Several applications, such as hyperparameter tuning, can be formulated as the problem
of optimizing a noisy black-box function ($f$) that is expensive to evaluate. In the field of
Bayesian Optimization (also referred to as *Gaussian Process Bandits*), the process of optimization is driven by utilizing a
Gaussian Process surrogate model to guide the search for optimum.

Under the assumption that the unknown function $f$ is a sample from a zero mean Gaussian Process (GP) with known covariance function $K$, and given a sampling budget $n$, the goal of the agent is to design a sequential strategy to query
the black-box function (noisy zeroth order oracle), in order to learn about its
maximizer. The performance of an algorithm is measured by its **cumulative regret** $\mathcal{R}_n$,
defined as $\mathcal{R}_n=\sum_{t=1}^n f(x^*) - f(x_t)$.

Existing results in literature have obtained regret bounds of the form $\mathcal{R}_n = \mathcal{O} \left ( \sqrt{n \log n \gamma_n}\right)$, where $\gamma_n$ is the maximum information that can be gained about $f$ from $n$ samples.

### Improved Bounds for Bayesian GP Bandits.

Our work in this area was motivated by the following informal idea:

Since our goal is to learn about a maximizer of $f$, and not necessarily about the whole function, can we identify cases in which the $\gamma_n$ based bounds are loose.

Our main contributions were:

Following the above intuition, we first constructed two Gaussian Processes for which we showed that the $\gamma_n$ based bounds were very loose.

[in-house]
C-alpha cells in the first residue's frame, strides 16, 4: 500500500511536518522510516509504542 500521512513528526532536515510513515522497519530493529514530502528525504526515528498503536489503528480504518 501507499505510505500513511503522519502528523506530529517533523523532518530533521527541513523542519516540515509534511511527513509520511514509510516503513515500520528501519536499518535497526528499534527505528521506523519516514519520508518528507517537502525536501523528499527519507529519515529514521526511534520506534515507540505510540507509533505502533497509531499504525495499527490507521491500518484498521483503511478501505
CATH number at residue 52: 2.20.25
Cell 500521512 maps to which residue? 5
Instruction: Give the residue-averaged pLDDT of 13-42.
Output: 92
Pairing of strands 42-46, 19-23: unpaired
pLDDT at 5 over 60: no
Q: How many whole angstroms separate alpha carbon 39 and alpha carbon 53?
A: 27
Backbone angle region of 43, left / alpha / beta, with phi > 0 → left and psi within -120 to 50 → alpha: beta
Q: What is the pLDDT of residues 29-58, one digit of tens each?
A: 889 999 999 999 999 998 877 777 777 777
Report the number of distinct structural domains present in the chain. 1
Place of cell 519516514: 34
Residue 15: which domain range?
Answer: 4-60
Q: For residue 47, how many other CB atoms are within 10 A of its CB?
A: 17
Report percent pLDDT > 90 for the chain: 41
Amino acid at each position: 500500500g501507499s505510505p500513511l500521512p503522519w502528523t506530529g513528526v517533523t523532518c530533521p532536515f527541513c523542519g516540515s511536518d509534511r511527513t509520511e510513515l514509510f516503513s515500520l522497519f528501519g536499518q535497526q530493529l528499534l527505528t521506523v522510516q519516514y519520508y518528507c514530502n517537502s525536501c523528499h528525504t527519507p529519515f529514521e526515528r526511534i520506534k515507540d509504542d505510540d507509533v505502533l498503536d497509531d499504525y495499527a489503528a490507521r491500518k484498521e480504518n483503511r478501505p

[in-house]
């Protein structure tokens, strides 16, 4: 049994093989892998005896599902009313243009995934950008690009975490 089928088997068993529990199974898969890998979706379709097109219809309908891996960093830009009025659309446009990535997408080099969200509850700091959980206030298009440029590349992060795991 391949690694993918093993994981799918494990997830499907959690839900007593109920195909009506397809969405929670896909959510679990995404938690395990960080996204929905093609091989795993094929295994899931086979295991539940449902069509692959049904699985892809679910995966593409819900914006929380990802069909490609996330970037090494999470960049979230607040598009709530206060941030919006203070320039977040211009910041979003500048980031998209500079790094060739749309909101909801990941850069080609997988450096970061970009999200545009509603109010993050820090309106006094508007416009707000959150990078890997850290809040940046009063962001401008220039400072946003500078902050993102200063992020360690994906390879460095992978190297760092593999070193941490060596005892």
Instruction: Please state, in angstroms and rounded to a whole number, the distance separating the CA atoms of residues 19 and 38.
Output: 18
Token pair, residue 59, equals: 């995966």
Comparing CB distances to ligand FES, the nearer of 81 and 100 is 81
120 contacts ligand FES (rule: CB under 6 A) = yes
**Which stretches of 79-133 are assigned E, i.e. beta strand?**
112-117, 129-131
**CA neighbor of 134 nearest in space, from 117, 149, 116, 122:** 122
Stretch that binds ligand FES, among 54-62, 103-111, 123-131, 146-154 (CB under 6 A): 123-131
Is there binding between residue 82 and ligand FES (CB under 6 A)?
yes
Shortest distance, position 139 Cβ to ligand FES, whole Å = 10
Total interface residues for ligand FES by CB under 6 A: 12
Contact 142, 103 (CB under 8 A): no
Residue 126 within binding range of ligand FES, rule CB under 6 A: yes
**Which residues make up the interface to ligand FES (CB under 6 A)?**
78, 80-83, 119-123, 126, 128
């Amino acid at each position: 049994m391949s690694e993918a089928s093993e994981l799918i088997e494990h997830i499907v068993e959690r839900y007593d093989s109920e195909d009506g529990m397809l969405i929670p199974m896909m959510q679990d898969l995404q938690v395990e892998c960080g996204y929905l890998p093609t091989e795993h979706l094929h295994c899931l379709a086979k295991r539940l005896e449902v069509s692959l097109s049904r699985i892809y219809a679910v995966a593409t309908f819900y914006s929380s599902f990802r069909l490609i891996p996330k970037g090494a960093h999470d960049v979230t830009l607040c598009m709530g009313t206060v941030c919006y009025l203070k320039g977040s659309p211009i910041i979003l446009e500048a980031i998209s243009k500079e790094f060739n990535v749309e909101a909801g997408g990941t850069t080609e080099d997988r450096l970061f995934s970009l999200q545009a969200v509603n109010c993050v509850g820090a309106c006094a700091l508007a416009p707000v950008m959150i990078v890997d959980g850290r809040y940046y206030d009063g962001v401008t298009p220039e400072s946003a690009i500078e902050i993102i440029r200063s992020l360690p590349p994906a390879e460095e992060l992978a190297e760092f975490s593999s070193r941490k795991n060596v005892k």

Next, we proposed an algorithm which constructs a non-uniform partition of the input space and focuses sampling in the near optimal regions. For this algorithm we obtained bounds on $\mathcal{R}_n$ which were tighter than the existing results. In particular, we obtained the

**first sublinear regret bounds**for the exponential kernel, and**strictly better regret bounds for Matern kernels**when $D>\nu-1$, where $D$ is the dimension of the input space, and $\nu$ is the smoothness parameter of the Matern kernel.We then extended our algorithm to the case of Contextual GP bandits, and obtained improvements over the results of (Krause and Ong, 2011)

^{1}.Finally, we also showed that the techniques developed can also be used to propose a Bayesian version of the Zooming algorithm of (Kleinberg et al., 2008)

^{2}.

### Extension to GP Level Set Estimation

In some problems the goal is not to learn about the optimizer of $f$, but instead to
estimate the $\lambda$-level set of the function, i.e., the region of the input space where $f$ is above a threshold $\lambda$. In (Shekhar and Javidi, 2019)^{3} , we extended the techniques developed in (Shekhar and Javidi, 2018) ^{4} to propose a GP level set estimation algorithm with **improved convergence rates** and **lower computational complexity** than the previous known results of Gotovos et al., 2013 ^{5}. In addition, by exploiting the structured nature of the evaluation points of our proposed algorithm, we also obtained **tighter bounds on the information gain** of our algorithm.

### References

Krause, A., & Ong, C. S. (2011). Contextual gaussian process bandit optimization.

*Neurips*↩︎Kleinberg, R., Slivkins, A., & Upfal, E. (2008). Multi-armed bandits in metric spaces.

*STOC*↩︎Shekhar, S., & Javidi, T. (2019). Multi-Scale Gaussian Process Level Set Estimation.

*AISTATS*. ↩︎Shekhar, S., & Javidi, T. (2018). Gaussian Process Bandits with Adaptive Discretization.

*Electronic Journal of Statistics*. ↩︎Gotovos, A., Casati, N., Hitz, G., & Krause, A. (2013). Active learning for level set estimation.

*IJCAI*. ↩︎